Behaviorism and Its Effect on the Understanding of Learning

In: Philosophy and Psychology

Submitted By ireperez
Words 3343
Pages 14
Behaviorism and Its Effect on the Understanding of Learning
AIU Online
Abstract
This paper focuses on a brief summary on the history of behaviorism, starting with experiments conducted by Franklin Henry Giddings and Ivan Pavlov, a sociologist and a physiologist whom established the groundwork for behaviorism, particularly in America. In addition, this paper also explains the main components of behaviorism, which are classical conditioning and operant conditioning, connectionism, and the contiguity theory. It moves forward to explain four experiments that are popular through the study of behaviorism: the reason behind conditioned salivation in Ivan Pavlov’s dogs, conditioned responses in humans through Watson’s little Albert experiment, Thorndike’s research with cats and a puzzle box to demonstrate the law of effect through the use of reinforcements, and B.F. Skinner’s experiment with rats to prove how an organism learns through operant conditioning. Finally, this paper examines how, according to behaviorists, there are three principles of learning new and intricate behaviors, known as shaping, chaining, and fading.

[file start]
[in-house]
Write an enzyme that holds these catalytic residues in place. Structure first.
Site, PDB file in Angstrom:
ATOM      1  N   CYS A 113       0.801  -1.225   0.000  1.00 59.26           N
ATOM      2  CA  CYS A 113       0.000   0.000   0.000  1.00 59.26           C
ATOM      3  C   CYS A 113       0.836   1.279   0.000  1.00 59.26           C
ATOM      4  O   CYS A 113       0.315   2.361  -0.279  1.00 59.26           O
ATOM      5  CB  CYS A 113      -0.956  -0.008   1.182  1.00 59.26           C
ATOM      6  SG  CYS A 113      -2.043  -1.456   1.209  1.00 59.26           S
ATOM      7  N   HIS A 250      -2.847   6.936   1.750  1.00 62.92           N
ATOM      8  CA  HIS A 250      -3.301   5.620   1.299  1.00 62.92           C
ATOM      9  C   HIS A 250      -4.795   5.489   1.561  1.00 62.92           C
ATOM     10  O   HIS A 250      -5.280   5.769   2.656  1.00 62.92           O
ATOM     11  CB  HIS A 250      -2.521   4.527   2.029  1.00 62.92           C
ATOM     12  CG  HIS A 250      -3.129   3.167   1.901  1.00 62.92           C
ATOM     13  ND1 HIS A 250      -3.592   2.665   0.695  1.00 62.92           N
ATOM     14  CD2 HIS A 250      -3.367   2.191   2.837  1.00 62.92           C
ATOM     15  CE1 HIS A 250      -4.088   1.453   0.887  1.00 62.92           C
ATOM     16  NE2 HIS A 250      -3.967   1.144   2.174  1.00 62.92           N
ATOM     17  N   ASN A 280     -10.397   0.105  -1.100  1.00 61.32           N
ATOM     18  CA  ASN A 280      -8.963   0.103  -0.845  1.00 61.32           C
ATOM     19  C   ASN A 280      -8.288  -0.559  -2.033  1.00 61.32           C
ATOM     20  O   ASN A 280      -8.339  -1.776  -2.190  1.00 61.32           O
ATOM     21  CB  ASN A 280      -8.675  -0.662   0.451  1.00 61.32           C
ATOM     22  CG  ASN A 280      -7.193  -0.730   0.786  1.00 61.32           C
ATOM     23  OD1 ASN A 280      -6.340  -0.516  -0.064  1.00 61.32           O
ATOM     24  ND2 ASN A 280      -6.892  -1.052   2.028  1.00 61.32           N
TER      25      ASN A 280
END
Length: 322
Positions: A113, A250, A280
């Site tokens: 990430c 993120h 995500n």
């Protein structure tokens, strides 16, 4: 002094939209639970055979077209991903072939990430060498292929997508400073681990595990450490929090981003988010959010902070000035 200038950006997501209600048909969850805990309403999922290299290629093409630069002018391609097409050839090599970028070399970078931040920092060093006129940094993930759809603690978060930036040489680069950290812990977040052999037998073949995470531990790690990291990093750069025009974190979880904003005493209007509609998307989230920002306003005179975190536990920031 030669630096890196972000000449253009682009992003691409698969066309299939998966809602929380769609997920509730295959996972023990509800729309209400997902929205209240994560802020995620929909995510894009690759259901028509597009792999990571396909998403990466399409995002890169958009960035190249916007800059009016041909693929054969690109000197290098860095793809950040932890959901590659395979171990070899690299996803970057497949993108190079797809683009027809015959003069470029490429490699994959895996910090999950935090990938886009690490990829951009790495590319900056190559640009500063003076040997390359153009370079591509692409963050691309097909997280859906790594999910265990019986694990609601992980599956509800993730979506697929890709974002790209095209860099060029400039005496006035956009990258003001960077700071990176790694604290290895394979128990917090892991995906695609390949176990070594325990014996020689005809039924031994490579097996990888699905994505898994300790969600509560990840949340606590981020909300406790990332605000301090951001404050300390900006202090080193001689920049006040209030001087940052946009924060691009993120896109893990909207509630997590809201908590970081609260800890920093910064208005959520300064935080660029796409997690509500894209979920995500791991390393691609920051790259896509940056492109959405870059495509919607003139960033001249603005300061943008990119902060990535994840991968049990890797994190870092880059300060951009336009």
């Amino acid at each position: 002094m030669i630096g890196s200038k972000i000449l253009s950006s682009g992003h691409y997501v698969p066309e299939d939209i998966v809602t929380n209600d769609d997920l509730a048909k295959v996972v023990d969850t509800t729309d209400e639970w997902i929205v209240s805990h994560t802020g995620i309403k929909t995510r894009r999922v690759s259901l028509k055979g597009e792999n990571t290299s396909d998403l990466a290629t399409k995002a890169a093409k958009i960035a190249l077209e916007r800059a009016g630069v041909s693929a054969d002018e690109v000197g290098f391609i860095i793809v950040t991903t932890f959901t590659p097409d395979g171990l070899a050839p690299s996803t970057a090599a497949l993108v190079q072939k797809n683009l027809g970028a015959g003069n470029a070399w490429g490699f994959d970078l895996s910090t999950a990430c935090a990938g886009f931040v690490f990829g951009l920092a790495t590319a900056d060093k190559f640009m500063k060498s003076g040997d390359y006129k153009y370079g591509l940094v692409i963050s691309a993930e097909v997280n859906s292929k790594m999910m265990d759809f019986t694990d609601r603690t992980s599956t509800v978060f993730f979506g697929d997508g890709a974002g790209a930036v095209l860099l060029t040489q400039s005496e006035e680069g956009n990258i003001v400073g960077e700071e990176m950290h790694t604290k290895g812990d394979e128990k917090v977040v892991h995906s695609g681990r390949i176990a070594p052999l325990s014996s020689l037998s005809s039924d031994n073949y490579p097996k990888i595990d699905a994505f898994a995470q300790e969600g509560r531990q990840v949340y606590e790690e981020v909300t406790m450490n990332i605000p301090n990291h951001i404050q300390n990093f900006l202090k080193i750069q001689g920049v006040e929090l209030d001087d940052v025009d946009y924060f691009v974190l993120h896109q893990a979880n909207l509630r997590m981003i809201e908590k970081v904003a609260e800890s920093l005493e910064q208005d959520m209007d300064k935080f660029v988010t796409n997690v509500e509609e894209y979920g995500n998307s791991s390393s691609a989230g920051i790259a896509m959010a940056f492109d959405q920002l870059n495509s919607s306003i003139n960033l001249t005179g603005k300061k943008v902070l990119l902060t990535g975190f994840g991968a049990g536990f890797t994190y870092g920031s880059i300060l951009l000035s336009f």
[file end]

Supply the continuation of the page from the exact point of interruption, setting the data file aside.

Behaviorism and Its Effect on the Understanding of Learning Behaviorism suggests that an organism learns from its environment. It is the result of the association between a stimulus and a response. An organism learns new behavior through classical or operant conditioning. It is a theory that does not base its ideals on emotions or prior knowledge. Some say behaviorism came about accidentally, specifically within the works of Ivan Pavlov and his experiment with dogs. Watson, known as the father of behaviorism, used Pavlov’s experiment as an opportunity to launch this theory forward. After Watson, many psychologists contributed to the indication of what behaviorism would become today.
History of Behaviorism Behaviorism emerged during the early…...

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